Pricing an app seems like a mystery sometimes. Most apps are priced at either $0.99 or are free, or so you’d think… How do you know how much your app should sell for?
The fact of the matter is, you don’t.
Unless you have the time and money to do market research (and no, asking your mom or friends if they’d pay for your app doesn’t count), you’re really in the dark here, but fortunately, Apple has made pricing a very easy thing.
Here’s how you do it based on a real life example:
One of my favorite apps is Running Playlist and Pace Calculator < > (I’ll post a post mortem for the launch of this app in a later post since I learned quite a lot from it).
At some point in time, I had to move the app from one company to another due to location issues (I moved).
Apple doesn’t make this process easy, and what you have to do (or at least had to do at the time) is re-launch the app under the new company and discontinue the old one.
I didn’t want to lose my customers from the original launch, so I issued an update to the old app, greyed out the icon, and made a pop up come up every time the app launched telling customers about the new app. I also noted that there is a new app in the app description.
Lastly, I raised the price of the old app to $8.99 to deter new people from downloading it (obviously, those who already downloaded it in the past didn’t have to pay anything).
Everything worked well, and most of the customers from the old app transitioned to the new one, but the problem was that people were still downloading the old app at $8.99!
I thought I made it clear that the app was being discontinued, but they kept buying it and I was making more money on the old app than the new one!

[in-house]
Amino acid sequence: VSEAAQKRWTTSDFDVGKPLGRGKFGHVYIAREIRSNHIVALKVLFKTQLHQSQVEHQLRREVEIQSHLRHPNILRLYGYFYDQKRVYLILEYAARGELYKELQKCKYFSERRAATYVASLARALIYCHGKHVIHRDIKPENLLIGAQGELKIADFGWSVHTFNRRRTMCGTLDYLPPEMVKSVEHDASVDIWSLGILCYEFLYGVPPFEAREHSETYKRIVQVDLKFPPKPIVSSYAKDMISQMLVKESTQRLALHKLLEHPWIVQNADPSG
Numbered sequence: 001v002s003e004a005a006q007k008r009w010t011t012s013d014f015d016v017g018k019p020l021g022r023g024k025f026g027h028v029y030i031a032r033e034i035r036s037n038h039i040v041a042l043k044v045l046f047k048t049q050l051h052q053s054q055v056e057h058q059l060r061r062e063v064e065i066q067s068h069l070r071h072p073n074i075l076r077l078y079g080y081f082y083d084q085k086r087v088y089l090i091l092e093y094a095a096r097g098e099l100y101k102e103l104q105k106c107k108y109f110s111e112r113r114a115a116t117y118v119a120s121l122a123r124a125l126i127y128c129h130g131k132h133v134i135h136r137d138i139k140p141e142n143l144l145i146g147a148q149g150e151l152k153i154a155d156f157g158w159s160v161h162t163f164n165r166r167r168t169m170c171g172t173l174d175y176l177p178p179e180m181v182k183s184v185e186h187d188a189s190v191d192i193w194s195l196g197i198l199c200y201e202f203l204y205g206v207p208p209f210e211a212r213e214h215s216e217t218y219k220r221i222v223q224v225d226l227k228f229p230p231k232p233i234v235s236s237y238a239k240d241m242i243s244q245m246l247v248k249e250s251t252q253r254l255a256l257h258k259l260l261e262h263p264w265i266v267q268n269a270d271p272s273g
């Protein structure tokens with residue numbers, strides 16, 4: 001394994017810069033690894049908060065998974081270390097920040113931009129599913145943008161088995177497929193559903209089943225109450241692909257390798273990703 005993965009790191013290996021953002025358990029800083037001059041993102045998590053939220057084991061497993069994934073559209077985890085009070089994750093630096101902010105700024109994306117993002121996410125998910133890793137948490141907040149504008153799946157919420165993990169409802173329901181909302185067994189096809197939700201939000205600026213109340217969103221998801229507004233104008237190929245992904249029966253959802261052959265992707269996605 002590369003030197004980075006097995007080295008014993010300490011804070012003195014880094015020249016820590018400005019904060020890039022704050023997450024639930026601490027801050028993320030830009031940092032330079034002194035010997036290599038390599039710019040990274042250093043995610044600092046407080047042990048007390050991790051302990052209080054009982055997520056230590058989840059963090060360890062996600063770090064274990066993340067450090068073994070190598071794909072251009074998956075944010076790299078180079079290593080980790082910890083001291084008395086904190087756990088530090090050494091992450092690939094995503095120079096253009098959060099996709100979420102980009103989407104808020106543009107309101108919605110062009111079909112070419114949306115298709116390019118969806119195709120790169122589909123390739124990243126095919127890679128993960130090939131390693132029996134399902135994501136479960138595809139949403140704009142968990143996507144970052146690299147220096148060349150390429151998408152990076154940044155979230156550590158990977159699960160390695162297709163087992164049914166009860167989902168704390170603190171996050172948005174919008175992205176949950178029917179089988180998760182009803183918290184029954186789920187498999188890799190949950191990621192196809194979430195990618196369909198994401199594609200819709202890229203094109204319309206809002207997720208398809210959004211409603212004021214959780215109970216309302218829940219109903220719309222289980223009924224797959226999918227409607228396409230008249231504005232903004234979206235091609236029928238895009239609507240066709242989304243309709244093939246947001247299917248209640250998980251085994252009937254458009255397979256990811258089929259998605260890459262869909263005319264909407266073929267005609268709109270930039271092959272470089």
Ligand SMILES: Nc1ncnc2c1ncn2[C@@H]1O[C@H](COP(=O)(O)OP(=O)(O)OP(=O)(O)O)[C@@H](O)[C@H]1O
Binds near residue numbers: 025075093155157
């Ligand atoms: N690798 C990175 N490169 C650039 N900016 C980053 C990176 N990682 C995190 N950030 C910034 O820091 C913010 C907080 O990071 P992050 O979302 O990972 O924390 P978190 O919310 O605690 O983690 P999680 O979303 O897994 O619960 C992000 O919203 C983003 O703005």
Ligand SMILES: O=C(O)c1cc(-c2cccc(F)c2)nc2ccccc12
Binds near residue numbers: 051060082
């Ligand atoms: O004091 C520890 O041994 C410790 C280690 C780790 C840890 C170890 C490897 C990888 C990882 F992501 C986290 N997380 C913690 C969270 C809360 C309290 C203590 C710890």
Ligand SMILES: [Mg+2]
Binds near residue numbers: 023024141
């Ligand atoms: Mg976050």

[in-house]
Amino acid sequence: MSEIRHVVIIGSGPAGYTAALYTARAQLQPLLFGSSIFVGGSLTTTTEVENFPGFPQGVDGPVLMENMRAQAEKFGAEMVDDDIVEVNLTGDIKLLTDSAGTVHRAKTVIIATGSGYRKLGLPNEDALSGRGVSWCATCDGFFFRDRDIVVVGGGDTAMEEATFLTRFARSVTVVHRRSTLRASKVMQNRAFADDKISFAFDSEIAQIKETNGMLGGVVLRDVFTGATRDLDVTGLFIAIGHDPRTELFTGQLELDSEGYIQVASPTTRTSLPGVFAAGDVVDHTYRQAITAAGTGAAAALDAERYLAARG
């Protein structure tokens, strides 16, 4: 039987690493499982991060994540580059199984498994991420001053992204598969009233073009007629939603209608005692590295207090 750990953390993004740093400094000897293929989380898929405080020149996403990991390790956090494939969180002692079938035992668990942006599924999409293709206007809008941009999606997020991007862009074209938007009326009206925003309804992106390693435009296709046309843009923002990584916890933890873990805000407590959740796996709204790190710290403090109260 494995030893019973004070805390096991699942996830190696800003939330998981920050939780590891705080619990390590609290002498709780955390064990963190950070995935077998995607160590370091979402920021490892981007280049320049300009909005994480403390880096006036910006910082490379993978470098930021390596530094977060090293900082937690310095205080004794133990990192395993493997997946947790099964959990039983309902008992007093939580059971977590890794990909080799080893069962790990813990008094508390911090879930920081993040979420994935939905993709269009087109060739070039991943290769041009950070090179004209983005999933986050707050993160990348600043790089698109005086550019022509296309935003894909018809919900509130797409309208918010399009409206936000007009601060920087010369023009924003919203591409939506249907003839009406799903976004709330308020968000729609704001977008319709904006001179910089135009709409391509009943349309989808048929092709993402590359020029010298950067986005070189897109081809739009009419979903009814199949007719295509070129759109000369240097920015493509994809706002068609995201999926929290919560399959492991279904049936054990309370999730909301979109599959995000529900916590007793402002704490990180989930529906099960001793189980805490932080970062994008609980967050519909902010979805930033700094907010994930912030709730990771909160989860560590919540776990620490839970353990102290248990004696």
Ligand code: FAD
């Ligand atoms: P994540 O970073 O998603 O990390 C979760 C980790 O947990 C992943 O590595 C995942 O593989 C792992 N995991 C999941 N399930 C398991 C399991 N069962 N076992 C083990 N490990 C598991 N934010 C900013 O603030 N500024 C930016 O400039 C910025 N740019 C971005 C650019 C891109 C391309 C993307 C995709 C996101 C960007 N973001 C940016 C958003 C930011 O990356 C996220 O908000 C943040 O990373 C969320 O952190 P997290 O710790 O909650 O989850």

Eventually, I just removed the old app from the market since I felt uncomfortable selling it at such a high price when the new app was free, but that taught me a lesson.
When pricing an app – experiment!
The “Rights and pricing” module in iTunes connect allows you to change your price on a daily basis. Why not experiment with pricing once the app is launched and find the optimal price?
Here’s my pricing experiment from running playlist (I removed financial data and use the average profit as the baseline):
Friday: App priced at $8.99 – Profit: 149% (compared to average)
Saturday: App priced at $5.99 – Profit: 174%
Sunday: App priced at $2.99 – Profit 135%
Monday: App priced at $0.99 – Profit 34%
Tuesday: App is free – Profit 7% (from in app downloads)
As you can see in this example, my optimal price is $5.99. That’s where I make the most profit.
When you do this experiment, make sure to repeat it several times, and make sure you do it in different days. Saturday may be a day when most people look for this type of app so maybe that’s why the downloads where so high.
I keep these experiments going for about 3 weeks and repeat them every few months to make sure I’m still on top of the market and my pricing is competitive.
I’d love to hear what you have to think about this, how do you price your apps? Do you have a pricing strategy?